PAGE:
Why didn’t oil price go up?

Oil plant

September 14, 2019 will be long remembered in the history of world oil. On that day, Saudi oil installations in Abqaiq and Khurais were attacked and the world lost 5.7 million barrels per day (mmbd) of oil production. There has never been such a large loss of oil in the past.

Learning from similar incidents in the past, most oil pundits would have expected that oil price would skyrocket to three digits. However, no such increase took place. By any measure, this was a ‘Black Swan’ event. No one had expected such an attack though many were certain of its massive impact on oil price and the world economy if it were to take place. The fact that it largely turned out to be a non-event, in terms of oil price, is a puzzle.

Currently, most oil pundits predict that Brent price will be around $60 per barrel for the next few months. No one likes to admit that their predictions are based on the current prevailing oil price and not any great insight. The past history of oil price forecasts, most of which were erroneous, clearly supports that inconvenient truth.

There are some outliers who give different oil price scenarios, ranging from a low of $20/b to a high of $100/b and above. While it is easy to give different price scenarios, it is impossible to predict with any degree of confidence which scenario will prevail.

When the first two oil shocks took place in 1973 and 1978/79, prices jumped up by 350% and 250% respectively. There were even well-researched forecasts that the oil era may end soon. At that time, there were no reliable monthly world oil supply/demand estimates to know the severity of the crisis. As a result, one did not have an idea of actual supply/demand imbalance. But today, we have reasonably reliable data on world oil supply and demand.

Before the attack, the International Energy Agency (IEA) had estimated OPEC (Organisation of Petroleum Exporting Countries) spare capacity to be only 2.3 mmbd and most of it was in Saudi Arabia. Thus, when the world lost 5.7 mmbd, the supply/demand imbalance was around 3.4 mmbd and there should have been intense competition between countries to ensure continuous oil supply. However, there was no such pressure.

The Organisation for Economic Cooperation and Development (OECD) countries had built up strategic petroleum reserves (SPR) in a formal way after the formation of the IEA in 1974. Thus, most of them must have realized that they can draw from their SPR, if needed. In fact, soon after the attack, President Trump announced that the US will release oil from its SPR.

Oil price went up by only 15% the first day market closed soon after the Saudi attack. But then, it fell over the next two days. At the end of the week, it was marginally higher than what it was before the attack. This might have been mostly because of the assurance given by Saudis that they would restore production before the end of the month. It was contradicted by some who were predicting that it would take months to manufacture specialized equipment destroyed by drones and missiles. However, such predictions have turned out to be erroneous so far. Aramco has claimed to have restored production within two weeks.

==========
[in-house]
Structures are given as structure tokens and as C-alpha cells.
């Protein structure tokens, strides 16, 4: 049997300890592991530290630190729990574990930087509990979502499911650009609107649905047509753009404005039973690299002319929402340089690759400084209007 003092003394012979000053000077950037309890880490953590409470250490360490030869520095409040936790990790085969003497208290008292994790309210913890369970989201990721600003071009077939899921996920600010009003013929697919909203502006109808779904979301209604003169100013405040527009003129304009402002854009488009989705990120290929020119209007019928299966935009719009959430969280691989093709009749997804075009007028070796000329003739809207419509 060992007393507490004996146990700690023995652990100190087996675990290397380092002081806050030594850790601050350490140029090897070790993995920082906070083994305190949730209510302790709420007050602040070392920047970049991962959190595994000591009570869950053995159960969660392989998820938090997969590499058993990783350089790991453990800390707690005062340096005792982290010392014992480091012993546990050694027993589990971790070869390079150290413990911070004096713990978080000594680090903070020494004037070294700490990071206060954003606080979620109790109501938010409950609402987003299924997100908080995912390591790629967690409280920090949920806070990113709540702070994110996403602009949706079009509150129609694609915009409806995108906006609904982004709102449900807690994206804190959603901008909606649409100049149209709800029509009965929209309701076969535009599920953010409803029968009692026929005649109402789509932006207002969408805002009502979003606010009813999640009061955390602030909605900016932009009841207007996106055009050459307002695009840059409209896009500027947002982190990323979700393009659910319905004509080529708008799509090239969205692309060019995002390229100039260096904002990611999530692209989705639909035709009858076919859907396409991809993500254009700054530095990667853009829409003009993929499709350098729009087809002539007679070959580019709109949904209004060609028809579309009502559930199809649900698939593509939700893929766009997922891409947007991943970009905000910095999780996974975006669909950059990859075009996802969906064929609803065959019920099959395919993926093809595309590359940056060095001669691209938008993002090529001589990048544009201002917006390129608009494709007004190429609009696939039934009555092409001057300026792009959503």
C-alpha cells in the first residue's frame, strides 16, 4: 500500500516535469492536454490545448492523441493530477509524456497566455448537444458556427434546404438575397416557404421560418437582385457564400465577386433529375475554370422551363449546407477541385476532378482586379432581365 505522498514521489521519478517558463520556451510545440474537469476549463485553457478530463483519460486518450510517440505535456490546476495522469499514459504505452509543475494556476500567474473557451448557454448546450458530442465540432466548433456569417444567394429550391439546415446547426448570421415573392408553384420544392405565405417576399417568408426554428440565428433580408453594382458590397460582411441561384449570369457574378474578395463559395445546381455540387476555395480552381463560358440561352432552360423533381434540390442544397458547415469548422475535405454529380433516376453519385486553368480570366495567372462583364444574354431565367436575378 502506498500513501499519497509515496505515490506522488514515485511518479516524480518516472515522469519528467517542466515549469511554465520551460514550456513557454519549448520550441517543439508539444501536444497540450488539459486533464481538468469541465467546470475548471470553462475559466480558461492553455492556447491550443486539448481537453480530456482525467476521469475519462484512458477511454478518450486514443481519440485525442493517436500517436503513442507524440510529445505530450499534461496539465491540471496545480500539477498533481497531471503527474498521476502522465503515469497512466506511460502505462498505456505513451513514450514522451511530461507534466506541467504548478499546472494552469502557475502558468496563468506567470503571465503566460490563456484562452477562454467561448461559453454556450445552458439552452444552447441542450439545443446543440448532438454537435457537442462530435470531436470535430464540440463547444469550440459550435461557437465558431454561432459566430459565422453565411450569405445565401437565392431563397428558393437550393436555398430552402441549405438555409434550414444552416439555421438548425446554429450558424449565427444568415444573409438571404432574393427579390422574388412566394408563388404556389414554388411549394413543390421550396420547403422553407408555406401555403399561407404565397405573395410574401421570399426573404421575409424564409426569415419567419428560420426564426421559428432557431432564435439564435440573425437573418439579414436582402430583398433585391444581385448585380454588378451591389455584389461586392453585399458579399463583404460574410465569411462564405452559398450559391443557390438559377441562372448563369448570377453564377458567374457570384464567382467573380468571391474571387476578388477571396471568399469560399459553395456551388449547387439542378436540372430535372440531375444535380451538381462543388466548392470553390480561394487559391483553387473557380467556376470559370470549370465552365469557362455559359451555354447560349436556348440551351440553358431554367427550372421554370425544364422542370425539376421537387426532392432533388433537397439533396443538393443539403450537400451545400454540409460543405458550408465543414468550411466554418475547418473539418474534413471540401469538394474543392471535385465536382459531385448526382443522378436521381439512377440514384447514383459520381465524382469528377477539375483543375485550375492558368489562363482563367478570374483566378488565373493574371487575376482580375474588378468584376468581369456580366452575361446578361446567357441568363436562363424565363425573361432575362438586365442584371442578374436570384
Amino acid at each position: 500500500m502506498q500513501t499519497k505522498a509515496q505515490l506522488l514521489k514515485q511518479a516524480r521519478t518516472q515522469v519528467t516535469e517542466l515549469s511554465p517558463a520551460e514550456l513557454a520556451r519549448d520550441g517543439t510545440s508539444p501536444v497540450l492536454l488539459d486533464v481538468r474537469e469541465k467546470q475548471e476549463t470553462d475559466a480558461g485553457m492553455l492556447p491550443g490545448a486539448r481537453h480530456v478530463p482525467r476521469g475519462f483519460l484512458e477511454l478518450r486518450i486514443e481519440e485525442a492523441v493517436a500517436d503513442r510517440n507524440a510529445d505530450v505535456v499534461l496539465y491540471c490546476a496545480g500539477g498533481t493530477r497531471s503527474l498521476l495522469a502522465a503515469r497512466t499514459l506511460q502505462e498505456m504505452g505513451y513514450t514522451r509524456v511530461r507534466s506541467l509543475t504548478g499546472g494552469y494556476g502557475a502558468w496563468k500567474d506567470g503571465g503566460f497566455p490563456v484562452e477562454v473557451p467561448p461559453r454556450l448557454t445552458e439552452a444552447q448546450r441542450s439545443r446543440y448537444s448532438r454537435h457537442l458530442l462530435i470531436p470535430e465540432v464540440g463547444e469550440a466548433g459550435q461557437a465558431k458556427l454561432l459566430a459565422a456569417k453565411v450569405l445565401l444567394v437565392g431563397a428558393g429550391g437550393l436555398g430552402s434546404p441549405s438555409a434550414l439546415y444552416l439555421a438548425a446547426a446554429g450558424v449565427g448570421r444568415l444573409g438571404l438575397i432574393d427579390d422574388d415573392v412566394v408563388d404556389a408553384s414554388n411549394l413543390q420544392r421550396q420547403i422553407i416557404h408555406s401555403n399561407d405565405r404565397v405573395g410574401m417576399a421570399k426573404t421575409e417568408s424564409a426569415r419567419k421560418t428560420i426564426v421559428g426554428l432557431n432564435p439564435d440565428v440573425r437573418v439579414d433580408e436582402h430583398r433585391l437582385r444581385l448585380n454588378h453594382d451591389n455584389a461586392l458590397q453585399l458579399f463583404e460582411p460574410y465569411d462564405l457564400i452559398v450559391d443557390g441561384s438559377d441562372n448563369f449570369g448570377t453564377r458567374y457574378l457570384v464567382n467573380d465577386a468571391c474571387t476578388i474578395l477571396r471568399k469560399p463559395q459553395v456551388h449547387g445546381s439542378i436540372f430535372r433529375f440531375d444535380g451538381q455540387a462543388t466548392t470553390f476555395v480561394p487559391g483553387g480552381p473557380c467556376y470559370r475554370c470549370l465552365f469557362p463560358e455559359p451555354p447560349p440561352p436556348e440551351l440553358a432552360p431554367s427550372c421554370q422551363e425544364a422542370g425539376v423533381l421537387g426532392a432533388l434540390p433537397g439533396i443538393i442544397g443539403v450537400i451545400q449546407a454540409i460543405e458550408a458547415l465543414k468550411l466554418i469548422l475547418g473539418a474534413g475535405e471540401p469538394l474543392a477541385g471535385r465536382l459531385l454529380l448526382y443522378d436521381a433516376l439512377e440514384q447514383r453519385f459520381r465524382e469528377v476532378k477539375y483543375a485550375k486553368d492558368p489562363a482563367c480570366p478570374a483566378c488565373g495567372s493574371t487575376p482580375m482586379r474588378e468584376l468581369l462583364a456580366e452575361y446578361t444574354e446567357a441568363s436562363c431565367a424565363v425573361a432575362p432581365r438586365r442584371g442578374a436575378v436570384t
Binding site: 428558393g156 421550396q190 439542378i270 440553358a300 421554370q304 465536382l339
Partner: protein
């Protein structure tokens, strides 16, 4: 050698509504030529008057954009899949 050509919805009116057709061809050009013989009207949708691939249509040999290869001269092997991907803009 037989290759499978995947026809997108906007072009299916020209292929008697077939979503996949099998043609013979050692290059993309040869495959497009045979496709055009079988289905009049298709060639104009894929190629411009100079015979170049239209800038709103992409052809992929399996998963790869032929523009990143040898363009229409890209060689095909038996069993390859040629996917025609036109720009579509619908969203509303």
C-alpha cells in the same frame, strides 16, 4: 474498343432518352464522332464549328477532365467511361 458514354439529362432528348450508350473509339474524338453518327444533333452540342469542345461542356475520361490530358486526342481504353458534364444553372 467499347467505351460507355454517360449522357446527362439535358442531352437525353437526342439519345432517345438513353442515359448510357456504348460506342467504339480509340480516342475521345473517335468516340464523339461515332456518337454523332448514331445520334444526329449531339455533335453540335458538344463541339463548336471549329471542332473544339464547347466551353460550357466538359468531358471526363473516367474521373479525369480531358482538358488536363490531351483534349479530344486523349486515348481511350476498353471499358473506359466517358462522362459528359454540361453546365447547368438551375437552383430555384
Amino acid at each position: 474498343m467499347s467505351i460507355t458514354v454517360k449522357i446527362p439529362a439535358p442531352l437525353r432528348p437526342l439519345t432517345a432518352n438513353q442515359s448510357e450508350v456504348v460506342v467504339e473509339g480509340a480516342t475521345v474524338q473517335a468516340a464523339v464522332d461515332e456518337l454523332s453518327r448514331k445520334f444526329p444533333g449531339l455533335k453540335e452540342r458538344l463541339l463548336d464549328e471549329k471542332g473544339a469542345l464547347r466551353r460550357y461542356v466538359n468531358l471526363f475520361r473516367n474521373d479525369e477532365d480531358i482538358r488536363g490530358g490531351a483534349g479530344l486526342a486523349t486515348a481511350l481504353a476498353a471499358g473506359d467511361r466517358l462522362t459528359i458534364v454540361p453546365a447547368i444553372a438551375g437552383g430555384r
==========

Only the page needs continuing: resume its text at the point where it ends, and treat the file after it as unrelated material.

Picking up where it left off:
It was also generally felt that because of the global economic slowdown and the continuing US-China trade war, oil demand will remain weak. Such weakness may reduce demand by as much as 0.5 mmbd, which may not make much difference. Still, it is often given as an important factor to describe the softness in oil prices.

Despite OPEC+ (OPEC and other oil-producing countries) oil cuts of 1.2 mmbd, studies by the IEA, the US Energy Information Administration (EIA) and the OPEC itself showed oil supplies to be adequate. In this background, it is not a surprise that the market did not give any security premium and oil prices are now back to the pre-attack level of $53/b for WIT and $60/b for Brent.

As the oil market was digesting the Saudi attack, there were missile attacks on Iranian oil tankers close to the Saudi port city of Jeddah in the Red Sea. The oil price increase was relatively insignificant considering the geopolitical implications. This again showed that the oil market is not prepared to bring back the security premium.

There are some compelling factors to argue that the security premium might be less than or close to zero in the future. Earlier, there was the fear of ‘peak oil’. Now, we have every possibility of ‘peak demand’ and oil reserves being stranded just like coal reserves. Also, the world has built up reasonable amounts of commercial and strategic petroleum reserves.

In the oil sector, we have reasonably reliable information on some of the known knowns which influence the oil price. One such known is demand. However, there is considerable uncertainty in the case of oil supply, because of the doubts about the optimistic production capacity (is it really as much as 12 mmbd?) of Aramco, possible violations of production quota by most members of OPEC+, the ability of Iran to overcome US sanctions, the usual oil disruption in Nigeria, the civil war-torn countries of Venezuela and Libya, etc. Finally, we have an unknown unknown of geopolitical events which can never be predicted.

In the current environment of delicate supply/demand balance, market perception and market reality can change at any time because of a geopolitical event. A geopolitical event of even a smaller magnitude could result in skyrocketing of the oil price. Recently, Saudi Arabia’s crown prince Mohammed bin Salman warned that oil could reach “unimaginably high numbers” when such events take place. Therefore, India cannot afford to remain complacent since its flexibility to handle such a price increase is limited.

(The writer is a former oil industry professional)

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